But despite all of that I am still a long term optimist. The invention of the printing press led to the mass distribution of the Bible, the Reformation and huge technological progress in the West and eventually throughout the world. Then the invention of television brought war into our living rooms and drove global peace movements.
Now social media allows us to talk directly to people all over the world. The people who wish to deny us our freedoms will have to work harder than ever to achieve their goals. 
Although there are critics of the impact of social media on the revolutions in Egypt and Tunisia and Libya it is certainly true that social media, in particular Facebook and Twitter, allowed people to express their dissatisfaction in ways that wouldn’t have been possible previously.
For me, social media is also as much an instrument of change as radio was in the 2nd world war. It is a means of mass communication - a some-to-many communication system where about 10% of users create about 90% of the content.
As for creating social change, the facts are that during the week President Mubarak of Egypt resigned the number of tweets about political change increased ten fold in that country. This fact was taken from a study by a Professor Howard at the University of Washington.
In addition videos featuring protest and politics were watched over 5 million times and the amount of online content about the political situation increased dramatically at that time.
And at the time of the Tunisian revolution 20% of blogs were discussing the president, Ben Ali.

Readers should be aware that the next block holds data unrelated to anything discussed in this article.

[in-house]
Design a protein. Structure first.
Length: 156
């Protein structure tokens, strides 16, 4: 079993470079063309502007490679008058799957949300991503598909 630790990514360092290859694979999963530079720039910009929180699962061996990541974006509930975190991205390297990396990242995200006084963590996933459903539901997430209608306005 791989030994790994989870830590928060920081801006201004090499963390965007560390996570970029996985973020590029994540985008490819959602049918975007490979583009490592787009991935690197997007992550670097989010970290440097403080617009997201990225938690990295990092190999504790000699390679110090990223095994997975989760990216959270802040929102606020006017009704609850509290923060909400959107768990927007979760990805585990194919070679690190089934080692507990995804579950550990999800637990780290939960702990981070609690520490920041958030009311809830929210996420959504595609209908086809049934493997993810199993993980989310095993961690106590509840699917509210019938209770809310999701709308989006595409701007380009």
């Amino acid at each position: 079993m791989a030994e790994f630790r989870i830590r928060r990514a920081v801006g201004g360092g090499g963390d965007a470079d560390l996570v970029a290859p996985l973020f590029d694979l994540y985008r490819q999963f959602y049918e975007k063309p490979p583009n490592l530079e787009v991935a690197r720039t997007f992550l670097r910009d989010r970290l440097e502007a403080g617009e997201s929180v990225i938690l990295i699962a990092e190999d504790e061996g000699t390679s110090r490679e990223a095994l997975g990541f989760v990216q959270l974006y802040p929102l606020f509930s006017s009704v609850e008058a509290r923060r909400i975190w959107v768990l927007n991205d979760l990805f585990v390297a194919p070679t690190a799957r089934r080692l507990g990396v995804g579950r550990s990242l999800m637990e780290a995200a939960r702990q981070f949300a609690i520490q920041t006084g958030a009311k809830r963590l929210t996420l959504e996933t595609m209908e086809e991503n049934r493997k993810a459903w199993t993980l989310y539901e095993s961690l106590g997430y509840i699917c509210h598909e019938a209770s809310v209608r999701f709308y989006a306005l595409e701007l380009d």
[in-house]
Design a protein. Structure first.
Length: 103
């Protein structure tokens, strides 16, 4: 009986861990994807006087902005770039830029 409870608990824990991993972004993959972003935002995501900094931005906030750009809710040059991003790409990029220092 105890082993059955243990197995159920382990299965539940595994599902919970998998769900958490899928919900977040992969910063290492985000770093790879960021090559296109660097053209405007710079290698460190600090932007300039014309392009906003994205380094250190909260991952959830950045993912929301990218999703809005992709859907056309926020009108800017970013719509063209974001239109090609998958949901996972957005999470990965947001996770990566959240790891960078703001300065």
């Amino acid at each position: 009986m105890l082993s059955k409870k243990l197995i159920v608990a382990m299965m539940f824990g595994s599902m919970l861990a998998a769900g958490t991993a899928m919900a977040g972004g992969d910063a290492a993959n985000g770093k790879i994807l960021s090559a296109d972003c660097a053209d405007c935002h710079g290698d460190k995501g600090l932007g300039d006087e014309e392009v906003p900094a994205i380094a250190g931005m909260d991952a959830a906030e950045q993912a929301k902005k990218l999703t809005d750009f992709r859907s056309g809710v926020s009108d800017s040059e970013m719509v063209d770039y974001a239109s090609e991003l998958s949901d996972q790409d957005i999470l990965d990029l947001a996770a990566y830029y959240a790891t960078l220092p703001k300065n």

Waves of communication about social change spread throughout the region creating movements in a wide variety of Arab countries. Governments tried to crack down on social media in the region, but that seems only to have created a greater urge for information.
Now, it is true that we do not know how the new governments of Libya, Tunisia and Egypt will perform in the long run for their citizens, but to deny that social media acted as a communication tool, which aided change, seems wilfully blind to me.
Before this period despotic governments in Arab countries seemed immovable. Today many people in the region know that social change is possible. Social media helped to make that a reality.
But it is true that the hard work of demanding change still has to be done and it’s as dirty and murderously difficult as it ever was to effect social change in totalitarian societies. None of that can be argued with.
And communications media can equally be used to suppress dissent, and there are many examples of it, but social media is changing too, evolving as we speak. The cracks in the system may be constantly being papered over, but there are cracks when none previously existed. That is a step in the right direction.
I would certainly prefer to have cracks than none at all.
There were people who dismissed the printing press and its role in disseminating knowledge as neither as swift nor as complete as its proponents imagined, but the positive effects, over decades and centuries were real and unstoppable despite what the nay-sayers put forward.
One area of easy to identify impact, which I haven’t discussed so far, is the impact of social media on giving. One example of this is, a site which allows you to support causes you pick through social media. has 170 million members and has raised over $40 million dollars for member-defined causes. allows you to create your own “cause” project and to seek donations from your social media community.
Social media is being embraced by the charity sector. A survey in late 2011 revealed that 17% of US charities were investing $10,000 or more on social media services.
I expect the long term impact of social media to be significant and unstoppable in each of these areas. But we may not truly notice that impact for another ten years or more. I hope we all see the positive effects happen quickly. It will be the biggest change in communications in our lifetime. 
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To support this site - over 60 free posts so far on social media for you to explore - please buy one of my novels, The Istanbul Puzzle or The Jerusalem Puzzle or my guide to social media. And enjoy!